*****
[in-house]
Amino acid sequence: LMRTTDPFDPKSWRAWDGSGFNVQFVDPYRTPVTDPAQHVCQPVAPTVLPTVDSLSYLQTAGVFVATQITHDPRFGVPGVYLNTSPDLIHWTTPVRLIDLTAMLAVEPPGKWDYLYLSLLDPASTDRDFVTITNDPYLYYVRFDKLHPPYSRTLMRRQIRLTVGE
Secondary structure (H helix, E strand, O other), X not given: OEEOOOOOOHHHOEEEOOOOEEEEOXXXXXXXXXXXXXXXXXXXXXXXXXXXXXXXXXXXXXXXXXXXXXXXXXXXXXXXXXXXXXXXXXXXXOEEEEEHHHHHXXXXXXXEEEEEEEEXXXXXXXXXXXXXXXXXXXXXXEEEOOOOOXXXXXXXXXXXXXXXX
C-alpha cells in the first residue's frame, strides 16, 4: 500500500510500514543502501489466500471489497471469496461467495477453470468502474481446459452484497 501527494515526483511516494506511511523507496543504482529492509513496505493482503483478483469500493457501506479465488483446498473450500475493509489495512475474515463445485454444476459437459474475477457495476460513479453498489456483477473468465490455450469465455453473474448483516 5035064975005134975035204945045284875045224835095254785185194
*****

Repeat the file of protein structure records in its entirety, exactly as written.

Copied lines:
[in-house]
Amino acid sequence: LMRTTDPFDPKSWRAWDGSGFNVQFVDPYRTPVTDPAQHVCQPVAPTVLPTVDSLSYLQTAGVFVATQITHDPRFGVPGVYLNTSPDLIHWTTPVRLIDLTAMLAVEPPGKWDYLYLSLLDPASTDRDFVTITNDPYLYYVRFDKLHPPYSRTLMRRQIRLTVGE
Secondary structure (H helix, E strand, O other), X not given: OEEOOOOOOHHHOEEEOOOOEEEEOXXXXXXXXXXXXXXXXXXXXXXXXXXXXXXXXXXXXXXXXXXXXXXXXXXXXXXXXXXXXXXXXXXXXOEEEEEHHHHHXXXXXXXEEEEEEEEXXXXXXXXXXXXXXXXXXXXXXEEEOOOOOXXXXXXXXXXXXXXXX
C-alpha cells in the first residue's frame, strides 16, 4: 500500500510500514543502501489466500471489497471469496461467495477453470468502474481446459452484497 501527494515526483511516494506511511523507496543504482529492509513496505493482503483478483469500493457501506479465488483446498473450500475493509489495512475474515463445485454444476459437459474475477457495476460513479453498489456483477473468465490455450469465455453473474448483516 5035064975005134975035204945045284875045224835095254785185194